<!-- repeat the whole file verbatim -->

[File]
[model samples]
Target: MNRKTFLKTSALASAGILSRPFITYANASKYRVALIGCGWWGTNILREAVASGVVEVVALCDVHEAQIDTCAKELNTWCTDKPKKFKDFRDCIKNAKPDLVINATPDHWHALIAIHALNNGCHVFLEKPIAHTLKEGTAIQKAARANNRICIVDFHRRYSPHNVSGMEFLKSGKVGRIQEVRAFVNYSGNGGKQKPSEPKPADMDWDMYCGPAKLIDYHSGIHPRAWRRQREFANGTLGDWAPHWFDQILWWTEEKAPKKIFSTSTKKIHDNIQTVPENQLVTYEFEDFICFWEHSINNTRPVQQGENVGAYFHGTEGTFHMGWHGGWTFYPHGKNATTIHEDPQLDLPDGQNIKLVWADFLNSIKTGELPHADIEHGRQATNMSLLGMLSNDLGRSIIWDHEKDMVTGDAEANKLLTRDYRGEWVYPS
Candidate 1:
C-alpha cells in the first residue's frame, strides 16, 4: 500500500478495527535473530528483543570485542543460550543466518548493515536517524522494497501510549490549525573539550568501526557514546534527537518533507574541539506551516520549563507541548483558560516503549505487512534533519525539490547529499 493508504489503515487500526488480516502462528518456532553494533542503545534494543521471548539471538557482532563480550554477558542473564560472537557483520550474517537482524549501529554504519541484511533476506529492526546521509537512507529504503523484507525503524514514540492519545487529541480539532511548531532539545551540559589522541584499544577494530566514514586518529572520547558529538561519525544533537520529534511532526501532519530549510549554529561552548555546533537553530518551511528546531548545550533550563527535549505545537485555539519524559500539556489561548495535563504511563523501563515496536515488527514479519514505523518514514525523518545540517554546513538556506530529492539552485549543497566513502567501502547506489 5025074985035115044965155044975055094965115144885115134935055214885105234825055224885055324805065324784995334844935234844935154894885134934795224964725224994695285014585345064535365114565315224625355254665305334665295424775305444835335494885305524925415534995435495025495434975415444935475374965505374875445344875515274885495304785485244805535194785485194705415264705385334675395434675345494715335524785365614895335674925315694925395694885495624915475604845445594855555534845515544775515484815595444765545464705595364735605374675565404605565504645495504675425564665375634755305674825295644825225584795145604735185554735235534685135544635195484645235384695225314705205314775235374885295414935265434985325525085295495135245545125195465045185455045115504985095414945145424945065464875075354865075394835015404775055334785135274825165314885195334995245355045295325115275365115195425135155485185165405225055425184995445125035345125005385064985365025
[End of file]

[model samples]
Target: MNRKTFLKTSALASAGILSRPFITYANASKYRVALIGCGWWGTNILREAVASGVVEVVALCDVHEAQIDTCAKELNTWCTDKPKKFKDFRDCIKNAKPDLVINATPDHWHALIAIHALNNGCHVFLEKPIAHTLKEGTAIQKAARANNRICIVDFHRRYSPHNVSGMEFLKSGKVGRIQEVRAFVNYSGNGGKQKPSEPKPADMDWDMYCGPAKLIDYHSGIHPRAWRRQREFANGTLGDWAPHWFDQILWWTEEKAPKKIFSTSTKKIHDNIQTVPENQLVTYEFEDFICFWEHSINNTRPVQQGENVGAYFHGTEGTFHMGWHGGWTFYPHGKNATTIHEDPQLDLPDGQNIKLVWADFLNSIKTGELPHADIEHGRQATNMSLLGMLSNDLGRSIIWDHEKDMVTGDAEANKLLTRDYRGEWVYPS
Candidate 1:
C-alpha cells in the first residue's frame, strides 16, 4: 500500500478495527535473530528483543570485542543460550543466518548493515536517524522494497501510549490549525573539550568501526557514546534527537518533507574541539506551516520549563507541548483558560516503549505487512534533519525539490547529499 493508504489503515487500526488480516502462528518456532553494533542503545534494543521471548539471538557482532563480550554477558542473564560472537557483520550474517537482524549501529554504519541484511533476506529492526546521509537512507529504503523484507525503524514514540492519545487529541480539532511548531532539545551540559589522541584499544577494530566514514586518529572520547558529538561519525544533537520529534511532526501532519530549510549554529561552548555546533537553530518551511528546531548545550533550563527535549505545537485555539519524559500539556489561548495535563504511563523501563515496536515488527514479519514505523518514514525523518545540517554546513538556506530529492539552485549543497566513502567501502547506489 5025074985035115044965155044975055094965115144885115134935055214885105234825055224885055324805065324784995334844935234844935154894885134934795224964725224994695285014585345064535365114565315224625355254665305334665295424775305444835335494885305524925415534995435495025495434975415444935475374965505374875445344875515274885495304785485244805535194785485194705415264705385334675395434675345494715335524785365614895335674925315694925395694885495624915475604845445594855555534845515544775515484815595444765545464705595364735605374675565404605565504645495504675425564665375634755305674825295644825225584795145604735185554735235534685135544635195484645235384695225314705205314775235374885295414935265434985325525085295495135245545125195465045185455045115504985095414945145424945065464875075354865075394835015404775055334785135274825165314885195334995245355045295325115275365115195425135155485185165405225055425184995445125035345125005385064985365025